For Watson, the discovery of such an organization was just as pivotal. During his time as senior associate dean for education at the University of Florida’s College of Medicine, Watson’s experience with a struggling student sparked his now decade-long involvement with PRN’s board of directors.
“I had never heard of PRN, then a medical student who previously had been doing well failed a clerkship and was in danger of failing a second,” said Watson, who was concerned that alcohol use disorder might have explained the student’s change in performance. “After some exploration, I learned about PRN and called the head of the organization. He talked with the student in my presence, then had him evaluated and recommended treatment for him to our academic status committee. PRN monitored him through his treatment and informed us that they believed the student was ready to resume medical school.”
Several years later, after the student had completed residency and was early in practice, he sent Watson a letter.
“I didn’t expect a thank you letter, but he thanked me for ‘saving my life,’” said Watson. “That hadn’t occurred to me. I acted to help him get through medical school and to be able to safely care for future patients, not to save his life. … I became a believer in PRN.”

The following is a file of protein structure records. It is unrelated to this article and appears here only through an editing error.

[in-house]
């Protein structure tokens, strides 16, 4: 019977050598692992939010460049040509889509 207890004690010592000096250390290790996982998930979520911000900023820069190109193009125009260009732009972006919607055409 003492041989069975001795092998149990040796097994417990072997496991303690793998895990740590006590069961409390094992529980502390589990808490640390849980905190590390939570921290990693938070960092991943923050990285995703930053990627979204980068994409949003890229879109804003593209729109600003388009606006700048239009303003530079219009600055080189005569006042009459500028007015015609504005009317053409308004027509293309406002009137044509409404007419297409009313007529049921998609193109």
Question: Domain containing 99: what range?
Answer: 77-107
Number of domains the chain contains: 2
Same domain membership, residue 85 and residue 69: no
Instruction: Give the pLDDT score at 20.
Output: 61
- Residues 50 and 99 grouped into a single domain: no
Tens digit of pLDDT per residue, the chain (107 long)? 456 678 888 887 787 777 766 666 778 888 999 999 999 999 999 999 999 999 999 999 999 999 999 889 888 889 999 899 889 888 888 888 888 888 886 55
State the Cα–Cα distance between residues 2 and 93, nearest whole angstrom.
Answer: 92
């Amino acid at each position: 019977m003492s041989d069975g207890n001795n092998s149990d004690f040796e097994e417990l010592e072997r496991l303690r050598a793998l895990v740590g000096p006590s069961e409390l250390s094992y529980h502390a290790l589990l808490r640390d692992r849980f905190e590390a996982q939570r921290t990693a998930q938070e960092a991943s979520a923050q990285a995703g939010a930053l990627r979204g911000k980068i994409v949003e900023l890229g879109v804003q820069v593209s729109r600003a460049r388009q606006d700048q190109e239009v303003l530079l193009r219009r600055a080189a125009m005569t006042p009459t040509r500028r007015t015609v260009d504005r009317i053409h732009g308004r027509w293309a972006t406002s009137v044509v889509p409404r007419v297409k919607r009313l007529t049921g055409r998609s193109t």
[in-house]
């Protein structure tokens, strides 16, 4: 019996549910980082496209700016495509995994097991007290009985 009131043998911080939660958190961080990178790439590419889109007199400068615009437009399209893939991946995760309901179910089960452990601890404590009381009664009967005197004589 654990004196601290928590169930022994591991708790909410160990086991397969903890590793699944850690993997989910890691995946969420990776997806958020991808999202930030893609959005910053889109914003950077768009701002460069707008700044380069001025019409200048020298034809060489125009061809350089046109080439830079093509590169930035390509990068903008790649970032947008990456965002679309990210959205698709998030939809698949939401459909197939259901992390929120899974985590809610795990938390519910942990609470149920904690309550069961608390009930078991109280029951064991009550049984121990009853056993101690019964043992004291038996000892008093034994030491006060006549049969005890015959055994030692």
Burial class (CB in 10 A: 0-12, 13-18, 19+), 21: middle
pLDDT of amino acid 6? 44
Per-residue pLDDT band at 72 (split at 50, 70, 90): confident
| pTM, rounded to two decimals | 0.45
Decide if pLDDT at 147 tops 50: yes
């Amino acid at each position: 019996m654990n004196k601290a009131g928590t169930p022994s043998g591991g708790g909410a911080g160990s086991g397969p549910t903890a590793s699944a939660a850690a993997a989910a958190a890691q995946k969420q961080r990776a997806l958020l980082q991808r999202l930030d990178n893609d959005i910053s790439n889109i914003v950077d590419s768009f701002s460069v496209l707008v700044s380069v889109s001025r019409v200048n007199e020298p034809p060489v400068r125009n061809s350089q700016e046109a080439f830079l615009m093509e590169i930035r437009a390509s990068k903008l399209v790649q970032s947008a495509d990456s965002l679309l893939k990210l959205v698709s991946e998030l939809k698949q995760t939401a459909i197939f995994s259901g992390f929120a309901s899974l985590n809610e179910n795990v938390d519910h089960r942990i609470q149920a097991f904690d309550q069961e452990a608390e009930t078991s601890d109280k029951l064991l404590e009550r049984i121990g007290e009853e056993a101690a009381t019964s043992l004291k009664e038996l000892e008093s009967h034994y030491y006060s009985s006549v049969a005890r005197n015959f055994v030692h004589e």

Lackey says he remains deeply committed to dismantling the stigma that prevents many from seeking and adhering to treatment.
“Although I have not personally experienced the challenges of living with substance use disorder, I have done my best to support family members and friends who live with this condition,” he said. “My personal experience living with mental illness and my efforts to help others have convinced me that stigma is our biggest challenge. Treatment regimens — and even diagnoses — change, but stigma is always there, preventing people from seeking or adhering to treatment.
“It’s not always comfortable to live openly with bipolar disorder, but I believe that stigma can only be overcome by bringing these conditions out of the shadows. They are often far less terrifying, and far more treatable, than we realize.”
In 2019-2020, Lackey served as president of the Psychiatry Student Interest Group (PSIG) at the College of Medicine and sought to organize events that would spark an interest in psychiatry among other students. Lackey says he is most proud of PSIG’s participation in the school’s inaugural Mental Health Awareness Week, organized by classmate Shivani Arza.